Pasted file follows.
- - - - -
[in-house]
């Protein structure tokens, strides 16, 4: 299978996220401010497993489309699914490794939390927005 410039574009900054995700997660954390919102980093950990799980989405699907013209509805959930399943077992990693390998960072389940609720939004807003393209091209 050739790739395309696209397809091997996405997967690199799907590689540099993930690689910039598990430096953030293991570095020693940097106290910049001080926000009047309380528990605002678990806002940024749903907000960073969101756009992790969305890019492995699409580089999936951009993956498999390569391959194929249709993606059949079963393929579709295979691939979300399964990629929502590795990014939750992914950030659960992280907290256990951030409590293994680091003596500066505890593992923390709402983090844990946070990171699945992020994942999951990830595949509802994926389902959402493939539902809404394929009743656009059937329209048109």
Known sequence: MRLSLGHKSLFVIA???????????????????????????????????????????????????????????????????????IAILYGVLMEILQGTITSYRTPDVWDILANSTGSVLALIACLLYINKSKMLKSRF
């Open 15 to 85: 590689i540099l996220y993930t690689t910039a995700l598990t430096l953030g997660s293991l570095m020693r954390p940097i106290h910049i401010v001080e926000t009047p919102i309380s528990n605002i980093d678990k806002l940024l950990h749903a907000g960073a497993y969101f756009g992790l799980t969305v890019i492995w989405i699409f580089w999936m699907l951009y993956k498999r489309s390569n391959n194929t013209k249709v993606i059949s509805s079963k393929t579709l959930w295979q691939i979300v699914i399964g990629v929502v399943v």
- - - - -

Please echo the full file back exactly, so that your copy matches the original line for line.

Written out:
[in-house]
């Protein structure tokens, strides 16, 4: 299978996220401010497993489309699914490794939390927005 410039574009900054995700997660954390919102980093950990799980989405699907013209509805959930399943077992990693390998960072389940609720939004807003393209091209 050739790739395309696209397809091997996405997967690199799907590689540099993930690689910039598990430096953030293991570095020693940097106290910049001080926000009047309380528990605002678990806002940024749903907000960073969101756009992790969305890019492995699409580089999936951009993956498999390569391959194929249709993606059949079963393929579709295979691939979300399964990629929502590795990014939750992914950030659960992280907290256990951030409590293994680091003596500066505890593992923390709402983090844990946070990171699945992020994942999951990830595949509802994926389902959402493939539902809404394929009743656009059937329209048109």
Known sequence: MRLSLGHKSLFVIA???????????????????????????????????????????????????????????????????????IAILYGVLMEILQGTITSYRTPDVWDILANSTGSVLALIACLLYINKSKMLKSRF
């Open 15 to 85: 590689i540099l996220y993930t690689t910039a995700l598990t430096l953030g997660s293991l570095m020693r954390p940097i106290h910049i401010v001080e926000t009047p919102i309380s528990n605002i980093d678990k806002l940024l950990h749903a907000g960073a497993y969101f756009g992790l799980t969305v890019i492995w989405i699409f580089w999936m699907l951009y993956k498999r489309s390569n391959n194929t013209k249709v993606i059949s509805s079963k393929t579709l959930w295979q691939i979300v699914i399964g990629v929502v399943v």